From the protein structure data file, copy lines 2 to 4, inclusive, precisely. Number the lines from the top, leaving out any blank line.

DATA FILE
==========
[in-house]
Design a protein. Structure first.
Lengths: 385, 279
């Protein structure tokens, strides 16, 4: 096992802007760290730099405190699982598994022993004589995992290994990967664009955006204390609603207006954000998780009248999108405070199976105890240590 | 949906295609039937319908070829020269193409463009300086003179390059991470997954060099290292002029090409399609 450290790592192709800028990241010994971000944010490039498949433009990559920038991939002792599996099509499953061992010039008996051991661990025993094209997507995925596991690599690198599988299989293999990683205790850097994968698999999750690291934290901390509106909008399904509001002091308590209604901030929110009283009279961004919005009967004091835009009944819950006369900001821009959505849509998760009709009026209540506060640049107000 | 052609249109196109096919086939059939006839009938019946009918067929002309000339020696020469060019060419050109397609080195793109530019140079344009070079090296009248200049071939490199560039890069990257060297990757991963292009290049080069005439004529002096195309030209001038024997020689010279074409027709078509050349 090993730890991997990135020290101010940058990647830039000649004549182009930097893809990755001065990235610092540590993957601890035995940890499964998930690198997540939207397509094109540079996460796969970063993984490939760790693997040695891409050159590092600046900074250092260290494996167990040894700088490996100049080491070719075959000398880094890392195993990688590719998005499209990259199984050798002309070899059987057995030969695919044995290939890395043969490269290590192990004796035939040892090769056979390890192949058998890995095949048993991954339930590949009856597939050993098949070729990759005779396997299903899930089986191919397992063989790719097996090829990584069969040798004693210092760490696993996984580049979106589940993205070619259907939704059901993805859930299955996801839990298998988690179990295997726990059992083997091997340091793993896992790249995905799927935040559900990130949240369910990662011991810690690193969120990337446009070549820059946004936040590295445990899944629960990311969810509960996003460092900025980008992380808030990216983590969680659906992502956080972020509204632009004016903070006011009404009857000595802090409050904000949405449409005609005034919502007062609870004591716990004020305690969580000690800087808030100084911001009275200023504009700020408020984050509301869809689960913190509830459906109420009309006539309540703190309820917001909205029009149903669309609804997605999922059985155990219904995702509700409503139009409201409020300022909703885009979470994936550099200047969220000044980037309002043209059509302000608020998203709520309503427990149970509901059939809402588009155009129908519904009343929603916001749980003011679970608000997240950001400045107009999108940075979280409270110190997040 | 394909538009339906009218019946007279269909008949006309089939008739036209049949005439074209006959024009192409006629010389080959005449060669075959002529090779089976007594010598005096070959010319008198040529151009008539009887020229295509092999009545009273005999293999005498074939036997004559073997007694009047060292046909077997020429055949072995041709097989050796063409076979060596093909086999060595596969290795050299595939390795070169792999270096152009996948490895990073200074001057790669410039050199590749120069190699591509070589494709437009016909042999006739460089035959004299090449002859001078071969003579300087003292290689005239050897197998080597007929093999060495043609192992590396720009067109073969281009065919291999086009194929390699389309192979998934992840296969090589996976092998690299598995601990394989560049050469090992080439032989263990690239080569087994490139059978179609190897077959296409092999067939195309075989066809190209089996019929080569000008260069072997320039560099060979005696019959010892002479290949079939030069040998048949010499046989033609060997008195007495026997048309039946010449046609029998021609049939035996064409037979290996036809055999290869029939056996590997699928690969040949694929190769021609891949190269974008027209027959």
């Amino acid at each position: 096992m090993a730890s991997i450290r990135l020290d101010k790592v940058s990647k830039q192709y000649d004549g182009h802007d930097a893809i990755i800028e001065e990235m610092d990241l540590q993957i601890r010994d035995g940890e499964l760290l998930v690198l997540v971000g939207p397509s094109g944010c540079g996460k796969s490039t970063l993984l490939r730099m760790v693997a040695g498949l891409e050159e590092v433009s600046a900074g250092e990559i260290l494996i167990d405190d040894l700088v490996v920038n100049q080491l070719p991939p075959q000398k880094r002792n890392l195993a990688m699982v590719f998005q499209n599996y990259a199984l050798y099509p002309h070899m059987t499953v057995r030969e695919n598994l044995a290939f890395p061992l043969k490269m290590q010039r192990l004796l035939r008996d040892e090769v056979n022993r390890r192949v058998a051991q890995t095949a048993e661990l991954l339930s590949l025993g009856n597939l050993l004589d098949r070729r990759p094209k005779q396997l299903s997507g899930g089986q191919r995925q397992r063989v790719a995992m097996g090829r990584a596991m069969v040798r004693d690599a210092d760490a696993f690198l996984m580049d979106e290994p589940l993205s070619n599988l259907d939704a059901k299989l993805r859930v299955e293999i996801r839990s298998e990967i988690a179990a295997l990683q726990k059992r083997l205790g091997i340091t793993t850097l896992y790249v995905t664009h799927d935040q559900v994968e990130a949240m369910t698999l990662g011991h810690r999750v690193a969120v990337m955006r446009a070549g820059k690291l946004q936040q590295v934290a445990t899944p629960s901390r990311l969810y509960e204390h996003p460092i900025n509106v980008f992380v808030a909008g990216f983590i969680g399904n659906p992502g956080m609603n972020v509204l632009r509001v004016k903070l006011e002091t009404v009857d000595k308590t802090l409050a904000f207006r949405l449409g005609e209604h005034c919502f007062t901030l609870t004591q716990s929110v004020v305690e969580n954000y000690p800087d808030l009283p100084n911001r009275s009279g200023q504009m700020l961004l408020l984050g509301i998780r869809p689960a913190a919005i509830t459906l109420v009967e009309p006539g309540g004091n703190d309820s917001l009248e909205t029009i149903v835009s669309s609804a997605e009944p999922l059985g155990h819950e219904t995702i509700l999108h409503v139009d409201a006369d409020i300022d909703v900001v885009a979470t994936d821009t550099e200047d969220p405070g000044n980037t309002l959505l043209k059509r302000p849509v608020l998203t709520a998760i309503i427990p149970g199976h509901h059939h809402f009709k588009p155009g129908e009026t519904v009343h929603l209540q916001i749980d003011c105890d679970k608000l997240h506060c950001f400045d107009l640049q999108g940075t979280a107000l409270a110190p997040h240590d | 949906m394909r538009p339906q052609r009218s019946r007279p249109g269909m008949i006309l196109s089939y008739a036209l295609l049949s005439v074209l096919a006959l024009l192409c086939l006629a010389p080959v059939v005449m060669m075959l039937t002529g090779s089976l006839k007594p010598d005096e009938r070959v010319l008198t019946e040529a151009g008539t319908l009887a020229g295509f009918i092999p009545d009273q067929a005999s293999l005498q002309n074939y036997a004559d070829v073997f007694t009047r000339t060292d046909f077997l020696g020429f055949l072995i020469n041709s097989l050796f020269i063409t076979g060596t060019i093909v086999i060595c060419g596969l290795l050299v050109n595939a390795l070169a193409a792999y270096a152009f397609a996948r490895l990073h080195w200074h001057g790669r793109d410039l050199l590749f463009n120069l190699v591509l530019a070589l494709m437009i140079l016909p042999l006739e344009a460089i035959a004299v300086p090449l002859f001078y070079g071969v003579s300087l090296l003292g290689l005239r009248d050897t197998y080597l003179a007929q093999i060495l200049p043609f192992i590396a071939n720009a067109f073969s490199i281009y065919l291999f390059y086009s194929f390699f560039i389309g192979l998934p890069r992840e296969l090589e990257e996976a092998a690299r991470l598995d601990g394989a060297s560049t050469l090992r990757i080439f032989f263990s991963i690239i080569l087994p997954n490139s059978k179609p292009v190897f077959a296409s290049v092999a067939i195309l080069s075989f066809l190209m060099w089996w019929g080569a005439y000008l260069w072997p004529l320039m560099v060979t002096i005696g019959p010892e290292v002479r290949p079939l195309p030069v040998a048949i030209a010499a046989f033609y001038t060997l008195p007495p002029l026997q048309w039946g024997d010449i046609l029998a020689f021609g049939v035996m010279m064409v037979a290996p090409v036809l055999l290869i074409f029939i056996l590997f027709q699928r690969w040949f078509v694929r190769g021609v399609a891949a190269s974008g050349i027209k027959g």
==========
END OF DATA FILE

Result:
Design a protein. Structure first.
Lengths: 385, 279
């Protein structure tokens, strides 16, 4: 096992802007760290730099405190699982598994022993004589995992290994990967664009955006204390609603207006954000998780009248999108405070199976105890240590 | 949906295609039937319908070829020269193409463009300086003179390059991470997954060099290292002029090409399609 450290790592192709800028990241010994971000944010490039498949433009990559920038991939002792599996099509499953061992010039008996051991661990025993094209997507995925596991690599690198599988299989293999990683205790850097994968698999999750690291934290901390509106909008399904509001002091308590209604901030929110009283009279961004919005009967004091835009009944819950006369900001821009959505849509998760009709009026209540506060640049107000 | 052609249109196109096919086939059939006839009938019946009918067929002309000339020696020469060019060419050109397609080195793109530019140079344009070079090296009248200049071939490199560039890069990257060297990757991963292009290049080069005439004529002096195309030209001038024997020689010279074409027709078509050349 090993730890991997990135020290101010940058990647830039000649004549182009930097893809990755001065990235610092540590993957601890035995940890499964998930690198997540939207397509094109540079996460796969970063993984490939760790693997040695891409050159590092600046900074250092260290494996167990040894700088490996100049080491070719075959000398880094890392195993990688590719998005499209990259199984050798002309070899059987057995030969695919044995290939890395043969490269290590192990004796035939040892090769056979390890192949058998890995095949048993991954339930590949009856597939050993098949070729990759005779396997299903899930089986191919397992063989790719097996090829990584069969040798004693210092760490696993996984580049979106589940993205070619259907939704059901993805859930299955996801839990298998988690179990295997726990059992083997091997340091793993896992790249995905799927935040559900990130949240369910990662011991810690690193969120990337446009070549820059946004936040590295445990899944629960990311969810509960996003460092900025980008992380808030990216983590969680659906992502956080972020509204632009004016903070006011009404009857000595802090409050904000949405449409005609005034919502007062609870004591716990004020305690969580000690800087808030100084911001009275200023504009700020408020984050509301869809689960913190509830459906109420009309006539309540703190309820917001909205029009149903669309609804997605999922059985155990219904995702509700409503139009409201409020300022909703885009979470994936550099200047969220000044980037309002043209059509302000608020998203709520309503427990149970509901059939809402588009155009129908519904009343929603916001749980003011679970608000997240950001400045107009999108940075979280409270110190997040 | 394909538009339906009218019946007279269909008949006309089939008739036209049949005439074209006959024009192409006629010389080959005449060669075959002529090779089976007594010598005096070959010319008198040529151009008539009887020229295509092999009545009273005999293999005498074939036997004559073997007694009047060292046909077997020429055949072995041709097989050796063409076979060596093909086999060595596969290795050299595939390795070169792999270096152009996948490895990073200074001057790669410039050199590749120069190699591509070589494709437009016909042999006739460089035959004299090449002859001078071969003579300087003292290689005239050897197998080597007929093999060495043609192992590396720009067109073969281009065919291999086009194929390699389309192979998934992840296969090589996976092998690299598995601990394989560049050469090992080439032989263990690239080569087994490139059978179609190897077959296409092999067939195309075989066809190209089996019929080569000008260069072997320039560099060979005696019959010892002479290949079939030069040998048949010499046989033609060997008195007495026997048309039946010449046609029998021609049939035996064409037979290996036809055999290869029939056996590997699928690969040949694929190769021609891949190269974008027209027959």